Despite the current widely circulating and worrying headlines about cytomegalovirus (CMV) infection and pregnancy in many media outlets, it is worth pointing out that although important for pregnant women to be aware of the risk reduction practices they can follow  (as they do for listeria and toxoplasmosis risk) the latest Australia-wide data is from 2014, and has 24 confirmed cases and 2 possible of congenital CMV for the year. The publication is titled, Australian Paediatric Surveillance Unit annual report of uncommon diseases of childhood ( see

Cytomegalovirus ( CMV) is a common viral infection, 50% of people have been infected by adulthood and up to 85% by 40 years of age. The virus is found in saliva, urine, nasal mucosa, breast milk, vaginal secretions and semen of infected people.The peaks of infection are in children under 2 years and during adolescence. The virus remains alive, but inactive within the body for life. It is rare to get symptoms after the initial infection unless the immune system is weakened by illness or treatments ( reactivation).

Testing for CMV is not routinely recommended for women during pregnancy or for newborn babies ( as per the USA,  UK and Australian Guidelines). CMV testing is currently recommended for pregnant women who develop an acute viral illness or when an US demonstrates a foetal abnormality. Those women planning pregnancy who work in high risk settings such as Child Care may wish to discuss CMV testing with their doctor. A person infected with CMV will develop antibodies in their blood that indicate infection has occurred, either recently or in the past. Interpretation of results can be very complicated in the acutely unwell person,  often can give no immediate answer about the risk to the baby and may require further samples over the next months to diagnose primary or secondary infection with  the assistance of a Specialist in Clinical Microbiology.

Most children and adults with healthy immune systems do not develop symptoms when infected, but can develop an illness similar to glandular fever ( tiredness, sore throat, swollen glands and fever).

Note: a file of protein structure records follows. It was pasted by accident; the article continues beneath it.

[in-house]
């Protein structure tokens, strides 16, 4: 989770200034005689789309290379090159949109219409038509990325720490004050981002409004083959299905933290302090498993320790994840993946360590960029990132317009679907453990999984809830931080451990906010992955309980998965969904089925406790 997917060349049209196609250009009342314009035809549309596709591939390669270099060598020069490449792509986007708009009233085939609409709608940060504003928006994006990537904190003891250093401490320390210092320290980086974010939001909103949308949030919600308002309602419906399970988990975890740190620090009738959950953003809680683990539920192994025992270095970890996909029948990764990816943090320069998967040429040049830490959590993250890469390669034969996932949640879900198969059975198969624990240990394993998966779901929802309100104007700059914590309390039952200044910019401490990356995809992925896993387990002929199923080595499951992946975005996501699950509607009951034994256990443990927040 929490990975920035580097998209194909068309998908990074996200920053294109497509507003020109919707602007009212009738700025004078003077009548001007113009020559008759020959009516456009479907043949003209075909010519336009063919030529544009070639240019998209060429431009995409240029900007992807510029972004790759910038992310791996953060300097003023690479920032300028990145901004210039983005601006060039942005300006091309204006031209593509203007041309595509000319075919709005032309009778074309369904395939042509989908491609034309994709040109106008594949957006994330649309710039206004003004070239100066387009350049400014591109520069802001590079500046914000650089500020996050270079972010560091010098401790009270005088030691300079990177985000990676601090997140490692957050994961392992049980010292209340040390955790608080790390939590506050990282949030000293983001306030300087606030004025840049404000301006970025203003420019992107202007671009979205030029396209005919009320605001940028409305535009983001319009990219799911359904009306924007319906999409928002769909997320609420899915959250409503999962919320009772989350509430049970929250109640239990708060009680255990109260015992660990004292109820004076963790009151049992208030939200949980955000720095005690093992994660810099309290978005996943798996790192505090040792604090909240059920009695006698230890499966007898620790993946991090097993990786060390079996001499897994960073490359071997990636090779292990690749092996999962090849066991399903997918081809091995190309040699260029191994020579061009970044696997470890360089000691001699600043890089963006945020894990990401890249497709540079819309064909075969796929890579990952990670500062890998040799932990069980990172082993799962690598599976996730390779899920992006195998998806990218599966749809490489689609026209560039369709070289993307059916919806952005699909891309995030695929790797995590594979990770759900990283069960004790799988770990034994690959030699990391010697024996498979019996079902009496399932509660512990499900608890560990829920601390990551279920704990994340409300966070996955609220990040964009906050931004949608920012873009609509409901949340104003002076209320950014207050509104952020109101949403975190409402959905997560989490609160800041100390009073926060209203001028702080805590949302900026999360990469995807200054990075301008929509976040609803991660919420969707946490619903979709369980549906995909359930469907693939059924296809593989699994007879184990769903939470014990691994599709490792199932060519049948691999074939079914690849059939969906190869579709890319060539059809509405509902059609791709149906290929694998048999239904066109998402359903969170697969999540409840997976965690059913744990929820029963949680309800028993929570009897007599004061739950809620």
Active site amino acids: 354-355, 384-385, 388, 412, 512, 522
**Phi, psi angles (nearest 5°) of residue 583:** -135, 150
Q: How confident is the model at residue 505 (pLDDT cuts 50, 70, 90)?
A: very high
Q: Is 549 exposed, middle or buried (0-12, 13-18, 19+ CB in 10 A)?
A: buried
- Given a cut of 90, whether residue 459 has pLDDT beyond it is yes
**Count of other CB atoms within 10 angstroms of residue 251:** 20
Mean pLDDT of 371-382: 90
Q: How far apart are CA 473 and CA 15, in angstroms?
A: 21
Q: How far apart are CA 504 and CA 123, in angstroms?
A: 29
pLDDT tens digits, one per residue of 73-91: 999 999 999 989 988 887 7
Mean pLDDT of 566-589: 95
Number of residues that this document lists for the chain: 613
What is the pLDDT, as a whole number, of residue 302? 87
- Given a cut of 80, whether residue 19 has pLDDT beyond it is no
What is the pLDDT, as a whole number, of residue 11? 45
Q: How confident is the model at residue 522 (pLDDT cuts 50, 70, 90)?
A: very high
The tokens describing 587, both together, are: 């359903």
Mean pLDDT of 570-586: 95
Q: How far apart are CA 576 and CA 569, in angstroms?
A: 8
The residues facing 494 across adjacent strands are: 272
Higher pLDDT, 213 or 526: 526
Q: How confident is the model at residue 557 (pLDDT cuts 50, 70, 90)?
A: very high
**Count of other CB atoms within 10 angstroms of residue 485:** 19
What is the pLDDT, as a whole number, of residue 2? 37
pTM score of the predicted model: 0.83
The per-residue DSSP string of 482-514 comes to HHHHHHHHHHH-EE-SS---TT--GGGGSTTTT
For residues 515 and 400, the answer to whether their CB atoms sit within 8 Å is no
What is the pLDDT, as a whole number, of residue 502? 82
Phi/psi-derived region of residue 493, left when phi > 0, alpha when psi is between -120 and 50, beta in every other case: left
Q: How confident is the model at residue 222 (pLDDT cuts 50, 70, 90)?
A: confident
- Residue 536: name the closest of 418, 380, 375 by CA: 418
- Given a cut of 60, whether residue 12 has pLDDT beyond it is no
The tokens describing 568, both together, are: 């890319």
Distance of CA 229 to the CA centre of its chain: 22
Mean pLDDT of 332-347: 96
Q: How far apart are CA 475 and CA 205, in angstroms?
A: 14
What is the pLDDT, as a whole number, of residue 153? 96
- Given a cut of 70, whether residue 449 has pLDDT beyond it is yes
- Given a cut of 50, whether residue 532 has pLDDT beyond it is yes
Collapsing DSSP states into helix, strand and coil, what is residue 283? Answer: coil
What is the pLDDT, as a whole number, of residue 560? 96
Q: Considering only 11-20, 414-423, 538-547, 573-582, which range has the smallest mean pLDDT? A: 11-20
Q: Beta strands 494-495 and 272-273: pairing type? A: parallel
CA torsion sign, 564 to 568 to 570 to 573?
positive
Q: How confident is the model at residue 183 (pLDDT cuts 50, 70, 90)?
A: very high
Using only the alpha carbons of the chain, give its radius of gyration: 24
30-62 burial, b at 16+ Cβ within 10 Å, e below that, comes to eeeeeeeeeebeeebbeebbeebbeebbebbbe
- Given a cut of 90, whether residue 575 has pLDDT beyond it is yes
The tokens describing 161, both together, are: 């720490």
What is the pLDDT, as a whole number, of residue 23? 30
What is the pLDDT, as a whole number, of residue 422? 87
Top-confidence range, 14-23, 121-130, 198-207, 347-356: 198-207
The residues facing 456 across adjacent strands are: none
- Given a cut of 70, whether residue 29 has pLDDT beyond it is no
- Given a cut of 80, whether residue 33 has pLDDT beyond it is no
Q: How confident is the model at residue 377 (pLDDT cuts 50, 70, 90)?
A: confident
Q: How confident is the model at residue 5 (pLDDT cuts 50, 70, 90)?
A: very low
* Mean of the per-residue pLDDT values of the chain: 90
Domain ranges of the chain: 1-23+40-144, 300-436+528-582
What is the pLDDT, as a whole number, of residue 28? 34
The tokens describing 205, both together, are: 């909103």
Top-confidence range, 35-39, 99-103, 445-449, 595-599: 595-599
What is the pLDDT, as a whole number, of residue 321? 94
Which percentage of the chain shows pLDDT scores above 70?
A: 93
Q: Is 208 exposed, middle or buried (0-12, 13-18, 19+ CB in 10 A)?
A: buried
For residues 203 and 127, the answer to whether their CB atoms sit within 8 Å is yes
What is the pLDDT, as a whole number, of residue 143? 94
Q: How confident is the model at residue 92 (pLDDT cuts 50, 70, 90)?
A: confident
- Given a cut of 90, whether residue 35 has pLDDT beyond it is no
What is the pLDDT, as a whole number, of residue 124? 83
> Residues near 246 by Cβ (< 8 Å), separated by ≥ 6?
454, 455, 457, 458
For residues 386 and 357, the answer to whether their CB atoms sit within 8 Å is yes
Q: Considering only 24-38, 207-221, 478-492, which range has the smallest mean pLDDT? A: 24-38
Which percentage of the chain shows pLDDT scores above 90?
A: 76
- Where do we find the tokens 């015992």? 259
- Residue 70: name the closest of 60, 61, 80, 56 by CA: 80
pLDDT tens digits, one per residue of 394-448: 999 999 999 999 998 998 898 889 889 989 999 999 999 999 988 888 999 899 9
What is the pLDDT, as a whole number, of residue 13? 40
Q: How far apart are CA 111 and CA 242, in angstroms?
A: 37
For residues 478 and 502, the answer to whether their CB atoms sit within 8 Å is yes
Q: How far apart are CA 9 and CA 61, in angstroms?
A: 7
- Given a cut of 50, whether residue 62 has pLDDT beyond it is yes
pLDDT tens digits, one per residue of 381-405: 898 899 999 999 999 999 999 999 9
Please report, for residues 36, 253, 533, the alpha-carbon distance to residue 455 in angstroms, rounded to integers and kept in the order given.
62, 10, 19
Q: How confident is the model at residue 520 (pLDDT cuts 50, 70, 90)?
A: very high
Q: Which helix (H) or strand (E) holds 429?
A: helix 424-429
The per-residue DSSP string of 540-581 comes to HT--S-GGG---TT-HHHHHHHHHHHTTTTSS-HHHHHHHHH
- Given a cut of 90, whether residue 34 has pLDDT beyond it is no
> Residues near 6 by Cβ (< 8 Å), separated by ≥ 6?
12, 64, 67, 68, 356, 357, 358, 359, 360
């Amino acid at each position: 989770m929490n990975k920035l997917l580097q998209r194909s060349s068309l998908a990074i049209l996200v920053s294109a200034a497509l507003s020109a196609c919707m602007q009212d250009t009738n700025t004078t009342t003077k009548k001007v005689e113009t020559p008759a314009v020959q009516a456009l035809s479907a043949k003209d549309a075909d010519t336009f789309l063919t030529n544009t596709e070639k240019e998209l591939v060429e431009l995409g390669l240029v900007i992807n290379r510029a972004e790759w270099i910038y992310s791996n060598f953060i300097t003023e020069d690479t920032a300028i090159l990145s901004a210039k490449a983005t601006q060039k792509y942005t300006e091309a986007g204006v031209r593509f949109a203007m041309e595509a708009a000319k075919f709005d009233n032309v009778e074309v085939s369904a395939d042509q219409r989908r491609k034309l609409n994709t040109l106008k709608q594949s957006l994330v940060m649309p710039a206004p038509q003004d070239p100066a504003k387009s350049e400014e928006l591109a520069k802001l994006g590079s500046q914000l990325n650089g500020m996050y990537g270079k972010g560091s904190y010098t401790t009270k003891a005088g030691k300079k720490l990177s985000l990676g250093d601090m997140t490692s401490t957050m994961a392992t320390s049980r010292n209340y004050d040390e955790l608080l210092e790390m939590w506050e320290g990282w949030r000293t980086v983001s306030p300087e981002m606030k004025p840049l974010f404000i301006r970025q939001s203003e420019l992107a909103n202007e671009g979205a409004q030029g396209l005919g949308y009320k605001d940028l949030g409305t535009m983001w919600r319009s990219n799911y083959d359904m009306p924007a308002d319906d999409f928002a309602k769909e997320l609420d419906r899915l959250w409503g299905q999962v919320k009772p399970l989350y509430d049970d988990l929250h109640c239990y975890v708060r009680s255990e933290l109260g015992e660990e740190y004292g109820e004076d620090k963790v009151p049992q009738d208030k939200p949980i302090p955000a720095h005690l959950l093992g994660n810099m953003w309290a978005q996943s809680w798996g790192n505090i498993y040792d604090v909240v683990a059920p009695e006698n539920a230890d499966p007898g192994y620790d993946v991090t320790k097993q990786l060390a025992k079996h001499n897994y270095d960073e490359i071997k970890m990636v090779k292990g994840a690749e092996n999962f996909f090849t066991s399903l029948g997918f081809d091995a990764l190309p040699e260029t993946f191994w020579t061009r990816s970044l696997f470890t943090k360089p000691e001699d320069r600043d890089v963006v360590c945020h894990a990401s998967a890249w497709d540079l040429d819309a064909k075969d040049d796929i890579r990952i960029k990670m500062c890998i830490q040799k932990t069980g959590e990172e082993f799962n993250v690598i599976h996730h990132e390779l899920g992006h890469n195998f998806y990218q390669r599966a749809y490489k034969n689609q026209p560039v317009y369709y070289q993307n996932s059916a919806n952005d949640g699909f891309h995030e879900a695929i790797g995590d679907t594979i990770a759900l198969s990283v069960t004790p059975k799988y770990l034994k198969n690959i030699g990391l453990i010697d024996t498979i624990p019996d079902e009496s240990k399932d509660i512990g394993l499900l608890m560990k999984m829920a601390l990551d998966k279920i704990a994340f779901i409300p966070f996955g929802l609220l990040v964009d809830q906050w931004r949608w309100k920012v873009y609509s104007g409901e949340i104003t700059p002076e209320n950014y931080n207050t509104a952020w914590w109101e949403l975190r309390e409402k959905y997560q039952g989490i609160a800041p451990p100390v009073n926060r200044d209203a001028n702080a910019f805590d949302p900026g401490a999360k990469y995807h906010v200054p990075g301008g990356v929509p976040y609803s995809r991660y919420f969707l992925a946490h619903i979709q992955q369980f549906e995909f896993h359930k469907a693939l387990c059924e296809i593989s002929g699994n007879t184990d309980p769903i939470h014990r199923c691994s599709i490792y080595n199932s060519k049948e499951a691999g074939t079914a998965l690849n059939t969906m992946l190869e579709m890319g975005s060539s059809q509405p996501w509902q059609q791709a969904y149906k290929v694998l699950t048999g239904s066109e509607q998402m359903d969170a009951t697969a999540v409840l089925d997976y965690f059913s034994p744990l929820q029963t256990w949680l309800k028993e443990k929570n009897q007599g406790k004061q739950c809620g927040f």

Australian statistics estimate that 6 in 1000 infants are born with congenital cytomegalovirus ( CMV) infection, only 1 in 5 infants with congenital CMV infection have long term health problems of varying degrees. ( about 1 in 1000 babies born). The Australian Paediatric Annual Report 2016 has data from the Study commencing in January 1999 to 2014 and gives the number of congenital cytomegalovirus as 273 confirmed cases, with a rate of 6.62 per 100,000 per annum. In 2014, 24 confirmed cases were reported Australia-wide.

The risk of transmission is greatest in the last trimester ( 40-70%), but the risk of complications to the baby is greatest if infection occurs during the first trimester. Congenital CMV occurs when the infection is passed across the placenta from a pregnant woman to her developing baby. There is uncertainty as to whether reactivation of the virus when pregnant causes problems to the woman or her baby.

Most babies with congenital CMV infection have no health problems, about 10% have problems apparent at birth that include, prematurity, liver, lung and spleen abnormalities, low birth weight, microcephaly and seizures.  About 40-60% of infants born with signs of congenital CMV infection at birth develop long term health problems such as hearing loss, vision loss, intellectual disability, microcephaly and seizures. Some babies ( 10-20% of infants with congenital CMV infection) have no signs of congenital CMV at birth, but develop hearing loss later in life.

There is no vaccine available against the virus.

Pregnant women are advised to take steps to reduce their risk of exposure to CMV by:

  • Washing hands often in running water and drying thoroughly ( especially after changing nappies, blowing noses, feeding a young child and handling children's toys) Childcare workers should pay particular attention to good hand hygiene especially after changing nappies and assisting with toileting or blowing noses.
  • Do not share food, drinks, eating utensils or toothbrushes with young children
  • Avoid contact with saliva when kissing children
  • Use simple detergent and water to clean toys, countertops and surfaces in contact with children's urine, mucous or saliva

References ( Sydney Childrens' Hospital)  ( Centers for Disease Control and Prevention)

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